Why Does My Rabbit Chase Me? Most Common Reasons

Has your furry friend been acting a little feisty lately? If your rabbit has started chasing you around the house, you may be wondering why this odd behavior has emerged. Rest assured, there are some common reasons behind rabbits chasing their owners, and with a little understanding, you can get to the bottom of it. This article will help bunny owners decode this confusing behavior so you can restore harmony to your home. We’ll explore the main causes, from establishing dominance to getting your attention, and provide actionable tips to curb unwanted chasing. With some patience and consistency, you can get Thumper to stop thumping after you and redirect that energy into more positive activities. By the end, you’ll be hopping with happiness again as you rebuild that special bond with your bun.

So, Why Does My Rabbit Chase Me?


Your rabbit’s chasing likely stems from their natural instinct to play. In the wild, rabbits chase each other as a way to establish rank, practice evasion techniques, and burn energy. This frisky behavior often starts young, around 2-3 months old. Your bun is simply bringing those innate habits into your home. While play comes naturally to rabbits, chasing their owners can be unwanted and even scary. Establish boundaries by redirecting their energy into more positive activities. Try playing chase with approved toys instead or create DIY mazes to occupy their desire to run and pounce. With consistency, you can curb the chasing while still encouraging healthy playtime.

Chasing you is your rabbit’s way of soliciting playtime and interaction. Rabbits are highly social and energetic creatures that thrive on activity and bonding. Yours may dash after you as an invitation to engage in a fun game of cat and mouse. It’s their way of saying “Notice me! Let’s hang out and burn some energy together!” Curb unwanted chasing by initiating play sessions on your terms. Try at least one or two 30-60 minute playtimes daily. Engage their minds and bodies with toys, boxes, tunnels and treats. A tired bunny is a happy bunny.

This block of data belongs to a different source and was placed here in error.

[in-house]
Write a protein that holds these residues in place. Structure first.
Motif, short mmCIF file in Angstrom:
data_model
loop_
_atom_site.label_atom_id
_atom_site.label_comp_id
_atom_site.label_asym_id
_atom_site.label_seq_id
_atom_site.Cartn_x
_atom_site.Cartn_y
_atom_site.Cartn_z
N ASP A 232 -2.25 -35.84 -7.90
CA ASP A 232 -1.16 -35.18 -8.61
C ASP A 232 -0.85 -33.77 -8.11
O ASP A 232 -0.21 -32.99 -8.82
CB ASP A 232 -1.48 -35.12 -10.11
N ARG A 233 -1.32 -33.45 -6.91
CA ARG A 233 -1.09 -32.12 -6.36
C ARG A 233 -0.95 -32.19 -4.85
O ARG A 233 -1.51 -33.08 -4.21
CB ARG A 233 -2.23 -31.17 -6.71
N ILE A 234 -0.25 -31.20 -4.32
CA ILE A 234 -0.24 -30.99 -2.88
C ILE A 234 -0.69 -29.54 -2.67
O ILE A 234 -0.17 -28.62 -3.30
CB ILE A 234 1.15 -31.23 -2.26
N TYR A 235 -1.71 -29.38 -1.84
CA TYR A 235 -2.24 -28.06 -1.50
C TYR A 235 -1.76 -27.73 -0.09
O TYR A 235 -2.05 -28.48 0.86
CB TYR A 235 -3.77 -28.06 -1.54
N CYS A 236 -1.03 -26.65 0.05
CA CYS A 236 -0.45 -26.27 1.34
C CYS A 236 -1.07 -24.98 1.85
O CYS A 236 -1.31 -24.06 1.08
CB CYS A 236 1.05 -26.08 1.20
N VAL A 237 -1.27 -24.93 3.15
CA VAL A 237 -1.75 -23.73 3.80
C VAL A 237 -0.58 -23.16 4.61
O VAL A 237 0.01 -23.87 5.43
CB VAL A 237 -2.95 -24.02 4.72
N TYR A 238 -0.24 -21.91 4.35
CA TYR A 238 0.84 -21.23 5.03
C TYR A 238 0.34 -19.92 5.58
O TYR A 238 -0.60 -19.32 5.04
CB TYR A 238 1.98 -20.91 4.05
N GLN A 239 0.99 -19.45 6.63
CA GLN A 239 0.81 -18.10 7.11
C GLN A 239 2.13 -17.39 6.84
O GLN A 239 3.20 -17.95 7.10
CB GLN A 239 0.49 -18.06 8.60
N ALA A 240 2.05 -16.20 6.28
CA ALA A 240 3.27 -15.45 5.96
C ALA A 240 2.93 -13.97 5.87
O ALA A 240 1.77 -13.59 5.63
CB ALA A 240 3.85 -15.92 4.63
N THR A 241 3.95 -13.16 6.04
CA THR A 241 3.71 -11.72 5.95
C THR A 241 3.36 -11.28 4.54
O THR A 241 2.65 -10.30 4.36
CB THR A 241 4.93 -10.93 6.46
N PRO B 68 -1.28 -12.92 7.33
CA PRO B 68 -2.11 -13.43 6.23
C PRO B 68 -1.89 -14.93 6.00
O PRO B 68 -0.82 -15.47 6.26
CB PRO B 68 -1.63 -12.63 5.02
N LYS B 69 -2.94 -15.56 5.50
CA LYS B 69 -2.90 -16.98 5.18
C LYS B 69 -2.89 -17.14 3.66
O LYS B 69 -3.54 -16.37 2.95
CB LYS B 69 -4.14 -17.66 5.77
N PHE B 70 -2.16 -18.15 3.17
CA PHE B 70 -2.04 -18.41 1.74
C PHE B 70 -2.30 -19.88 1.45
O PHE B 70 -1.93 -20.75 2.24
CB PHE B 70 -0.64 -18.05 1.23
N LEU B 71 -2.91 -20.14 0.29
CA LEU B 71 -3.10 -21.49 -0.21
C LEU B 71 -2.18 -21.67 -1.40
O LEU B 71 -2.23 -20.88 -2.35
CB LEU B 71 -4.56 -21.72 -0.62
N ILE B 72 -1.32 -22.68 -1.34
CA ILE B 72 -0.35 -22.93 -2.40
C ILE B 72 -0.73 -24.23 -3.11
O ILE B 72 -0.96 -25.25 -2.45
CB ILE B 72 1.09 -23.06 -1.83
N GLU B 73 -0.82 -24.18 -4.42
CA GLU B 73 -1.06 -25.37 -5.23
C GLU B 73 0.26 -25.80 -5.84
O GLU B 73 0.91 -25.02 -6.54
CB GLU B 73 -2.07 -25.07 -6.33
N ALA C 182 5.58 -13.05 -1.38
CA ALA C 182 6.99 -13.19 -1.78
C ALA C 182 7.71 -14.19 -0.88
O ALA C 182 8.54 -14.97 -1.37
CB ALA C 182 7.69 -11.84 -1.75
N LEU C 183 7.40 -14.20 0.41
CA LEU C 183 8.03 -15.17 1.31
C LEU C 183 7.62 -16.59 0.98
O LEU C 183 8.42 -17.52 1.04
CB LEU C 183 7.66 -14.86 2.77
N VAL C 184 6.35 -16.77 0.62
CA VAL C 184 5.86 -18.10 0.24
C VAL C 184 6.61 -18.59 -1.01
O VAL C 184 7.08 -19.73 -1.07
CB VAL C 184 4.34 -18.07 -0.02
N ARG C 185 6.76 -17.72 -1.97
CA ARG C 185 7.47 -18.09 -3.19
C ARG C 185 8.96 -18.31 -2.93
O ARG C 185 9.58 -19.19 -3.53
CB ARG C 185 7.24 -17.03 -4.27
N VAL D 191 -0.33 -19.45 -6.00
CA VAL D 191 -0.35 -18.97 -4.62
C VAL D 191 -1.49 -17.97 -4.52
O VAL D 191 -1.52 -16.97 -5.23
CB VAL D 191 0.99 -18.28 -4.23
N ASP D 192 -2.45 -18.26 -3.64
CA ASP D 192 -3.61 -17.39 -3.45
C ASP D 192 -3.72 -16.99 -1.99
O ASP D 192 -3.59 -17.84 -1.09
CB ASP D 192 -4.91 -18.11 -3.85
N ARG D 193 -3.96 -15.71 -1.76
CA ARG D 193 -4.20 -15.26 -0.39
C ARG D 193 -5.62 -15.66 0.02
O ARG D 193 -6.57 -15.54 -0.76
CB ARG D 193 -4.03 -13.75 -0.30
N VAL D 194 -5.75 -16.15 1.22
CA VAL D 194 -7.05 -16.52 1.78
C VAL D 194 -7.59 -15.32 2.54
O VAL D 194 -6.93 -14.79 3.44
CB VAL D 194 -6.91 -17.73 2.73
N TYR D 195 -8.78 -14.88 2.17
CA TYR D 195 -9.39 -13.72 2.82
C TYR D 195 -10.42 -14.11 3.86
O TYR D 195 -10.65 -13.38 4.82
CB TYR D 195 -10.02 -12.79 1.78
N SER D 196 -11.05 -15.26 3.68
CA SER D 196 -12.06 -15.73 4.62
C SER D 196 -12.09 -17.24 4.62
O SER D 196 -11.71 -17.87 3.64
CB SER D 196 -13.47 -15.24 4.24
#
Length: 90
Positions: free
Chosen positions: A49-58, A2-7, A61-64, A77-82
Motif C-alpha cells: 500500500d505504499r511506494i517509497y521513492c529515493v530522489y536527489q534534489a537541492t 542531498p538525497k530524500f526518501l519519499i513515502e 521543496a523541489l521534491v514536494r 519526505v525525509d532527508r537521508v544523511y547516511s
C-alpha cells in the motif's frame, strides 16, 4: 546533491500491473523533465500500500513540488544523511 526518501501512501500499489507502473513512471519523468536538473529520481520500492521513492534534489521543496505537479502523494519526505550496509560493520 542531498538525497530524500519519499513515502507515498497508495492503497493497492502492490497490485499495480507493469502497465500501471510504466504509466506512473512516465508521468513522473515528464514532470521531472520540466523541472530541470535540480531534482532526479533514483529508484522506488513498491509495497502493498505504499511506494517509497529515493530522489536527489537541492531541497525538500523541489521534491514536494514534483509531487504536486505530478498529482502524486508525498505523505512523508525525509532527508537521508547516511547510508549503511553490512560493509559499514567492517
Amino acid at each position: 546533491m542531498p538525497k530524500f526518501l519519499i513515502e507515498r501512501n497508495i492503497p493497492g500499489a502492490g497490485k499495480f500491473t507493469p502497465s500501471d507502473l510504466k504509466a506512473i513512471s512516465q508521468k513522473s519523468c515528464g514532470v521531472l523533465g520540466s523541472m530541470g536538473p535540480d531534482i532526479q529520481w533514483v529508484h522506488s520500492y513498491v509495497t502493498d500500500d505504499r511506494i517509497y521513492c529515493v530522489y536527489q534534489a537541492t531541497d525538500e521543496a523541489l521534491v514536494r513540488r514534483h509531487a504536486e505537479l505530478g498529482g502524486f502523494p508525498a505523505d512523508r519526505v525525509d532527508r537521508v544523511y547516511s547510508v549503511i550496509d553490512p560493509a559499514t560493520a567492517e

Your rabbit’s chasing likely comes from sheer excitement and joy when they see you. To your bunny, you’re their best friend and favorite playmate. They get so enthusiastic upon your arrival or when you walk by that chasing you is their natural reaction. It’s their exuberant way of saying “Hooray, you’re home! Let’s play!” Avoid scolding them as this will only lead to confusion. Instead, channel that energy by engaging in a quick play session when they start up. Then guide them to calmer activities like petting or foraging.


Chasing after you is your rabbit’s way of seeking your love and attention. Rabbits form deep bonds with their owners and chasing is motivated by their desire for affection. When you walk away, they simply want more one-on-one time, so they hop after you. Try not to interpret this as something negative. It’s a compliment that they enjoy your company so much. Curb chasing requests by showing love through pats, cuddles and positive verbal reinforcement. Set boundaries, but ensure they still get plenty of quality time with you.

Your rabbit’s chasing springs from feeling insecure or anxious when you leave the room. In the wild, rabbits rely on partners for safety and reassurance. Yours associates your presence with total comfort. When you walk away, it triggers separation anxiety and the instinct to follow. Ease their worries through routines, toys with your scent and baby gates for limited access. Increase confidence with handling and consider adopting a bonded partner.

Chasing you is your rabbit’s way of preventing the loss of an attachment figure. Rabbits form deep social bonds and your bunny sees you as their mate for life. Having you leave their sight makes them understandably distressed. With patience and care, you can help them become more independent. Limit access to one or two rooms and provide hideaways and toys for security. Consider adopting a partner to reduce dependence on you.



Your rabbit’s chasing likely stems from boredom and understimulation. Rabbits are highly intelligent, playful animals that need ample activity. Without sufficient exercise and mental enrichment, they act out through unwanted behaviors like chasing. Prevent boredom chasing by providing a stimulating home environment. Fill their space with tunnels, chews, puzzle feeders and DIY toys. Schedule at least 3-4 hours of daily exercise through playtimes, foraging and supervised free-roaming. A busy bunny is a well-behaved bunny.

Chasing after you is a clear sign your rabbit is bored and looking for entertainment. In the wild, rabbits spend hours every day foraging, playing and interacting. Yours is bringing that energetic nature into your home. Lack of activity leads to nepotism behaviors like chasing you around the house. Curb boredom by enriching their habitat with tunnels, chews and puzzle toys. Schedule daily exercise and play sessions to engage their minds and bodies. An engaged, active rabbit will be too busy playing to chase after you.


Your rabbit may chase you to establish territory and dominance. Rabbits are highly territorial by nature. Yours sees your home as their kingdom and wants to assert authority. Running after you reinforces their top rank and control. Curb territorial chasing by neutering/spaying, establishing set spaces and proofing cords/furniture. With fixed boundaries, your bunny will feel more secure.

Chasing is your rabbit’s misguided attempt to protect their space from an “intruder.” In the wild, rabbits are constantly on guard against threats to their territory. Yours associates chasing you away with defending their home base. Ease territorial behavior through routine, handling and proofing unsafe areas. With time, they’ll see you as an ally, not an invader. Reinforce good behavior with praise and treats.